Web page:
Accelerator science

LLNL’s accelerators are rapidly expanding research capabilities and supporting emerging programmatic needs to produce a series of powerful and complementary beam capabilities. These tools include a deuteron-ion accelerator for neutron imaging, a 55 MeV electron linear accelerator used to study photonuclear reactions, and a mono-energetic gamma-ray test station for developing high-brightness, narrow-band, visible and x-ray beams using Compton scattering.

Learn more about our accelerator science research.

High-energy physics

The discovery of the Higgs boson particle answered a major question of the Standard Model of particle physics: the mechanism for electroweak symmetry breaking. However, there are still many outstanding questions about the structure of the Standard Model itself, as well as observational phenomena that cannot be explained by the model. We aim to answer some of these questions by using innovative techniques to find new particles from proton–proton collisions.

Learn more about our high-energy physics research.

Neutrinoless double-beta decay

What is the mass and nature of the neutrino? This question is among the most important unanswered questions in science. Our unique expertise in time-projection chamber technology has enabled us to lead the effort to answer this question with the nEXO experiment, which will look for an ultra-rare phenomenon called neutrinoless double beta decay. Demonstration of this phenomenon would indicate that the neutrino is its own antiparticle and may have important implications for understanding the imbalance of matter and antimatter in the universe.

Learn more about the nEXO experiment.

Nuclear astrophysics

One of the major goals in nuclear astrophysics is to understand the origin of the elements in the cosmos and our solar system. To this end, we combine knowledge about the nuclear environment in presolar grain analysis with nuclear measurements to identify key reaction networks, which we model using LLNL’s high-performance computing capabilities.

Learn more about our nuclear astrophysics research.

Nuclear fission

Nuclear cross-section measurements provide essential data for stewardship science as well as the design and operation of and commercial nuclear reactors. The accuracy of this data is imperative for modeling nuclear physics applications. We led a collaboration, called the Neutron Induced Fission Fragment Tracking Experiment, to develop a fission time projection chamber (TPC) that can track charged particles in three dimensions. The unparalleled background rejection capabilities of the fission TPC allow the detailed systematic checks needed for precision cross-section measurements.

Learn more about our nuclear fission research.

Nuclear structure

Shape is a fundamental property of an atom’s nucleus. However, one of the emergent properties of the nuclear many-body problem is deformation: nuclei can take on many shapes, from simple forms to more exotic ones. We use the Coulomb excitation technique on accelerated beams of exotic ions to measure the nuclear shape and determine its form and the magnitude of its deformation.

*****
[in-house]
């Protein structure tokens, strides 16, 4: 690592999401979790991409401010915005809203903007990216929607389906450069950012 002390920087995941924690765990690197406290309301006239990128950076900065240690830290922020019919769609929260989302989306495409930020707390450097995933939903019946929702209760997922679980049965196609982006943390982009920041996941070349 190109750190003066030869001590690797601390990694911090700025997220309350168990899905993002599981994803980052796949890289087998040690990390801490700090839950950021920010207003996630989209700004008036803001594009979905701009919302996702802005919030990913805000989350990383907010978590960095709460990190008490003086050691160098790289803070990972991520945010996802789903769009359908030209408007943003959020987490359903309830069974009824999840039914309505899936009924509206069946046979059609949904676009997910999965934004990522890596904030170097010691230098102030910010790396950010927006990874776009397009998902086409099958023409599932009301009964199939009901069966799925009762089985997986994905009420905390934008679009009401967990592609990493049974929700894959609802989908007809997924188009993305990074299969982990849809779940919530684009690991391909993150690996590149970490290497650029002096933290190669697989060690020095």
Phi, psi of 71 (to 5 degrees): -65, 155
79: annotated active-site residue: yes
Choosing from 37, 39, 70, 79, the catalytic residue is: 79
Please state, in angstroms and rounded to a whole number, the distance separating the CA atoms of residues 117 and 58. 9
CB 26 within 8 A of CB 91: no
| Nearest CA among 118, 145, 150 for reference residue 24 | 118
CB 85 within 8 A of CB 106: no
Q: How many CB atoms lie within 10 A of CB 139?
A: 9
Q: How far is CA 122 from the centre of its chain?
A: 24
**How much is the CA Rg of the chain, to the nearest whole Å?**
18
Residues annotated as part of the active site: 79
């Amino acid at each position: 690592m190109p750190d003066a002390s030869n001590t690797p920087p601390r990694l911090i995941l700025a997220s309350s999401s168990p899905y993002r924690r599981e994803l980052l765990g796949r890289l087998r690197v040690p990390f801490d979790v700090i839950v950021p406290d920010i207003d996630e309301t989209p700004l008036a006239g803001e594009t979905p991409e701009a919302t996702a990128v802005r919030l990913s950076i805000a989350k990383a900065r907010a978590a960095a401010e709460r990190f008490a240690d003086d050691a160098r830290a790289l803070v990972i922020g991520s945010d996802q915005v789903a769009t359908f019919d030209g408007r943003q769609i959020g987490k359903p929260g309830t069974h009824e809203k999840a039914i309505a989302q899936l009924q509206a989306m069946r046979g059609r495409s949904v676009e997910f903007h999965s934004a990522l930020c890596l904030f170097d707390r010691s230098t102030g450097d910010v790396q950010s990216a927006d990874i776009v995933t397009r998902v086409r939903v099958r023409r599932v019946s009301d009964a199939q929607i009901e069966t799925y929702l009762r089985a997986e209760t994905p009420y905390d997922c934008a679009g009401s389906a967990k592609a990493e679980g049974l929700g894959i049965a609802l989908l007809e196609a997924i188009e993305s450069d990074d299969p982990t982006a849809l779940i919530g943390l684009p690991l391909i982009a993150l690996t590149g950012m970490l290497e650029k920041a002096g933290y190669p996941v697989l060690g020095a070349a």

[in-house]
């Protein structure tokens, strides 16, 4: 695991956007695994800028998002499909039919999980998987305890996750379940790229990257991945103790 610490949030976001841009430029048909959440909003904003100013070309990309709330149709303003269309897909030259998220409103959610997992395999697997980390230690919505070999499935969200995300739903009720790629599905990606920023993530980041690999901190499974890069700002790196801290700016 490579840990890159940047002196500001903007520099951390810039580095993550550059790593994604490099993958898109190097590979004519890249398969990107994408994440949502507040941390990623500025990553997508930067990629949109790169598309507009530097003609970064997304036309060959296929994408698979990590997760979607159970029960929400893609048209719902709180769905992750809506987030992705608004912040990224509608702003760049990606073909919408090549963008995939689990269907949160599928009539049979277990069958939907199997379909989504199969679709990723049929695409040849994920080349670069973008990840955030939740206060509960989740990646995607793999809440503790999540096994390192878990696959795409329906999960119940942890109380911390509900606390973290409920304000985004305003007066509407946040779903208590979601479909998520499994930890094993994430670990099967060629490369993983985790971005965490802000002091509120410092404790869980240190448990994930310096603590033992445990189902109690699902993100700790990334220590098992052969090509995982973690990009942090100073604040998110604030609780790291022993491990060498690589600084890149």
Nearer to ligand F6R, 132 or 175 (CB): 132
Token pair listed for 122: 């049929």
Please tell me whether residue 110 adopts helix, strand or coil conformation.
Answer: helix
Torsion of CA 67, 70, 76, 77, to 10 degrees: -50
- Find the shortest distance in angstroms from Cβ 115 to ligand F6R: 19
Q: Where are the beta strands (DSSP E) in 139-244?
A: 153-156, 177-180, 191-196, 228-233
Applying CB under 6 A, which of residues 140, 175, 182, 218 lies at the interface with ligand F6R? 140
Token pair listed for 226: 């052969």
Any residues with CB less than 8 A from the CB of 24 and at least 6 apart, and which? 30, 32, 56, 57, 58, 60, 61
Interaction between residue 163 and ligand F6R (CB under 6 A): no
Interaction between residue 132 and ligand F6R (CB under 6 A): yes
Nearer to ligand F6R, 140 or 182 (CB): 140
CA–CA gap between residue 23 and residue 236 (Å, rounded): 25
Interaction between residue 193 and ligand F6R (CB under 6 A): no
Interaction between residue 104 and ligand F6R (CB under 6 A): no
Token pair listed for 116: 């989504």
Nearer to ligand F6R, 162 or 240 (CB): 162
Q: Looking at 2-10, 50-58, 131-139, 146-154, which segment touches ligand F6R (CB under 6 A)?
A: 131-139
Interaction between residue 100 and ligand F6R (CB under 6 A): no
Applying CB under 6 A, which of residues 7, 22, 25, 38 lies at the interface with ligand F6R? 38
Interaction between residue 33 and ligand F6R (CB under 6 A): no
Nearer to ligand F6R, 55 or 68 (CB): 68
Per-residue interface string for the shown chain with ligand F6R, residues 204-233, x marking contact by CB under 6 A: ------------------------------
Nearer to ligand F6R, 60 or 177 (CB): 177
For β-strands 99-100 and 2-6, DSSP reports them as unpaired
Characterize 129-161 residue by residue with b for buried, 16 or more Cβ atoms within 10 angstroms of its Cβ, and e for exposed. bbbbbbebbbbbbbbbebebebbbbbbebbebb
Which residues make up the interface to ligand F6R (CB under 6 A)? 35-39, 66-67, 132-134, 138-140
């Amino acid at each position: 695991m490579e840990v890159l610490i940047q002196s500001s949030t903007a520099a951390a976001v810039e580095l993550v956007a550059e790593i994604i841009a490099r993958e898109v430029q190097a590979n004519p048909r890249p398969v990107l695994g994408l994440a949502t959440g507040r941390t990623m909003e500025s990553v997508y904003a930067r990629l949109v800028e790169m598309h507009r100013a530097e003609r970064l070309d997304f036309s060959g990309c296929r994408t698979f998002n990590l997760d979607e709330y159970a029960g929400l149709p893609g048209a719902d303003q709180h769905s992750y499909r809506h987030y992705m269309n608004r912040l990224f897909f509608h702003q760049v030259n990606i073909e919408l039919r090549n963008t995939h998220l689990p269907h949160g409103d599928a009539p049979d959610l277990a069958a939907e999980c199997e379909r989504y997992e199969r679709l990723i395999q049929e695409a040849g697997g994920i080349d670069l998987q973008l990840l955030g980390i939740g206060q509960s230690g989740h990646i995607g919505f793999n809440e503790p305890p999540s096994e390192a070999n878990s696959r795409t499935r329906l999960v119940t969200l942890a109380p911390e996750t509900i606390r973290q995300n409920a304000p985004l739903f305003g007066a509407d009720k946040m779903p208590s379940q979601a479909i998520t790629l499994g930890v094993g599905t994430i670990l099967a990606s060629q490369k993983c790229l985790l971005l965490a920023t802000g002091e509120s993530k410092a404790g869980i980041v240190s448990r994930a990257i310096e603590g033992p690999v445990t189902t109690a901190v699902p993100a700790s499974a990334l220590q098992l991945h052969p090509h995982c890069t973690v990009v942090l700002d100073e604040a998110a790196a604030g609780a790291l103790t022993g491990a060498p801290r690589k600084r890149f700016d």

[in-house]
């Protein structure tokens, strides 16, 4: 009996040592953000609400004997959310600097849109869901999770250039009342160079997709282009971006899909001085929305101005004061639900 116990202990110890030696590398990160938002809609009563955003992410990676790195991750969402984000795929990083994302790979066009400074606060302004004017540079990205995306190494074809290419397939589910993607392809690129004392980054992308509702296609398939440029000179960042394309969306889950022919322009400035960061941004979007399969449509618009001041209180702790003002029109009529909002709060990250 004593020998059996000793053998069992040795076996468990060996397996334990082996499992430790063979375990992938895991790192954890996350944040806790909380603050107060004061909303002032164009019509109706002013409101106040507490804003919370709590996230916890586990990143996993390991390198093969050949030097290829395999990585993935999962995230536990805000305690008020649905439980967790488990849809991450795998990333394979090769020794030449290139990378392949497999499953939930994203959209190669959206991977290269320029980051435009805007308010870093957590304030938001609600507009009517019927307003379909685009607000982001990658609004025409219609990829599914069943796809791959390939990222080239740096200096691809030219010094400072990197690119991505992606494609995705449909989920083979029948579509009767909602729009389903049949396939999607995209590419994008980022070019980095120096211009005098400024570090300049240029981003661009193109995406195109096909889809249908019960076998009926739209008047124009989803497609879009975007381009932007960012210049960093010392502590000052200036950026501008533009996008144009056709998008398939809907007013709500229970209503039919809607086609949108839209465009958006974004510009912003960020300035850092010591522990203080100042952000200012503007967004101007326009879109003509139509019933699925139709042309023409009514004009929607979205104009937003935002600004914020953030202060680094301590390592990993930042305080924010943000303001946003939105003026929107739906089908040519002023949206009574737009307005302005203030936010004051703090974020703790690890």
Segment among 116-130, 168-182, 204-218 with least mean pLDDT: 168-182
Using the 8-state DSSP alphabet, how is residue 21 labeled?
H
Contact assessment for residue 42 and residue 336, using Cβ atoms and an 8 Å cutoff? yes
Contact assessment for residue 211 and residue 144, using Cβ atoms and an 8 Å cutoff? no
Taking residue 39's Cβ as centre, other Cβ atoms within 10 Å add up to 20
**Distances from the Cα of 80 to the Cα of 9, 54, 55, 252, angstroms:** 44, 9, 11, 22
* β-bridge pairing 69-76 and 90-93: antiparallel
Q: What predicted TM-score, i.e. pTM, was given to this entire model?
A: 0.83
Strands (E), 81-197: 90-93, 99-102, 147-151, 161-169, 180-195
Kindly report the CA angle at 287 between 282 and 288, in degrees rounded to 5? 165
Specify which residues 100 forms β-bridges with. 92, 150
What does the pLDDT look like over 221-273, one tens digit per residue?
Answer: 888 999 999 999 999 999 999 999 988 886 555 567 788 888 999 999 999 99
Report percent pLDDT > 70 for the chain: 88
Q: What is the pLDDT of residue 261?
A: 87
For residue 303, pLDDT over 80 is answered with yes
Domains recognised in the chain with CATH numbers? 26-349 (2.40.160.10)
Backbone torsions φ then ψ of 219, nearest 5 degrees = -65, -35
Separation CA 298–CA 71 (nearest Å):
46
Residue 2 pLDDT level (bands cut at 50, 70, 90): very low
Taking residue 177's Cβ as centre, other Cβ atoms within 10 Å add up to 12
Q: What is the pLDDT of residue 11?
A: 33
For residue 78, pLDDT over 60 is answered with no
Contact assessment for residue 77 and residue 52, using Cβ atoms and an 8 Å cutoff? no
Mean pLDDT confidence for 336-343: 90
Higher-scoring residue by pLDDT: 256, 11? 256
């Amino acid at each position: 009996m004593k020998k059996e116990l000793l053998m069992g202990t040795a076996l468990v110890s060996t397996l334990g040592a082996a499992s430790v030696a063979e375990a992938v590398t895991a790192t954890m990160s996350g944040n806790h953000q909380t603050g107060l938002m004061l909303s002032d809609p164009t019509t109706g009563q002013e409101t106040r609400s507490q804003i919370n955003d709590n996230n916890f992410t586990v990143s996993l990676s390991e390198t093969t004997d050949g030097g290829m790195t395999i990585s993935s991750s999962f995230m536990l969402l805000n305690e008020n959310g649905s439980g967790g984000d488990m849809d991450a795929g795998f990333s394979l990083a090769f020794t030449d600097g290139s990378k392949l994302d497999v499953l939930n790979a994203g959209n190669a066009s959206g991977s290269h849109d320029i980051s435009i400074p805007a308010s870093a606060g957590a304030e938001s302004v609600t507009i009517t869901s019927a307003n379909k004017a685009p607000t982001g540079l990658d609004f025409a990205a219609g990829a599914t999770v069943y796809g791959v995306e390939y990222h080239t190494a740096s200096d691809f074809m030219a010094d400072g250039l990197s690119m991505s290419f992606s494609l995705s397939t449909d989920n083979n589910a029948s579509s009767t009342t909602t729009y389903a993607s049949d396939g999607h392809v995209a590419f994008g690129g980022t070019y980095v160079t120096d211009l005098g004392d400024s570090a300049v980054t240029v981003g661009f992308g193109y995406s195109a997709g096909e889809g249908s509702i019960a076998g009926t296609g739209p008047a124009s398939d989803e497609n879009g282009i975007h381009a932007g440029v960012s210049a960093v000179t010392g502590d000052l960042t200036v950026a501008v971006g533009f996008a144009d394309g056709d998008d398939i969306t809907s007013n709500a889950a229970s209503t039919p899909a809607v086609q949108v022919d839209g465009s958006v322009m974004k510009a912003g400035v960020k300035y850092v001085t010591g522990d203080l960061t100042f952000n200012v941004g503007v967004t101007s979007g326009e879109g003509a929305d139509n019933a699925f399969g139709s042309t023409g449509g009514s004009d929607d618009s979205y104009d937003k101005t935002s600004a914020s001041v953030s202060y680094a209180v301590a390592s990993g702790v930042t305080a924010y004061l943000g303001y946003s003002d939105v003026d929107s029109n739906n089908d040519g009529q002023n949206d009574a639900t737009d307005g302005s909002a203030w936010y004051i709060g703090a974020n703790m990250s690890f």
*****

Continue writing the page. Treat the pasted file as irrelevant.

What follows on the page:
Learn more about our nuclear structure research.

Nuclear reactions

Understanding neutron-induced reactions is necessary for the safe operation of nuclear reactors and can help answer questions about the origins of the elements around us. However, making direct measurements of the neutron-capture cross section is extremely difficult. To address this difficulty, we collaborated with LLNL’s theoretical physicists to develop an indirect technique for constraining the properties of these reactions and calculating the properties of the desired reaction.

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Precision beta decay and neutron spectroscopy

We pioneered the use of beta-decay Paul traps for precision measurements of nuclear beta decays. Our experiments, performed at Argonne National Laboratory, provide measurements with applications in the study of nuclear reactions as well as precision tests of the weak interaction as a problem of physics beyond the Standard Model.

Learn more about our precision beta decay research and our neutron spectroscopy techniques.

Relativistic heavy-ion physics

We seek to better understand the properties of nuclear matter under extreme temperature, density, and pressure through the collisions of high-energy heavy ions. Our research focuses specifically on the properties of the quark–gluon plasma, a state of matter generated through experiments at the Large Hadron Collider (ATLAS) and the Relativistic Heavy Ion Collider (sPHENIX).

Learn more about our relativistic heavy-ion physics research.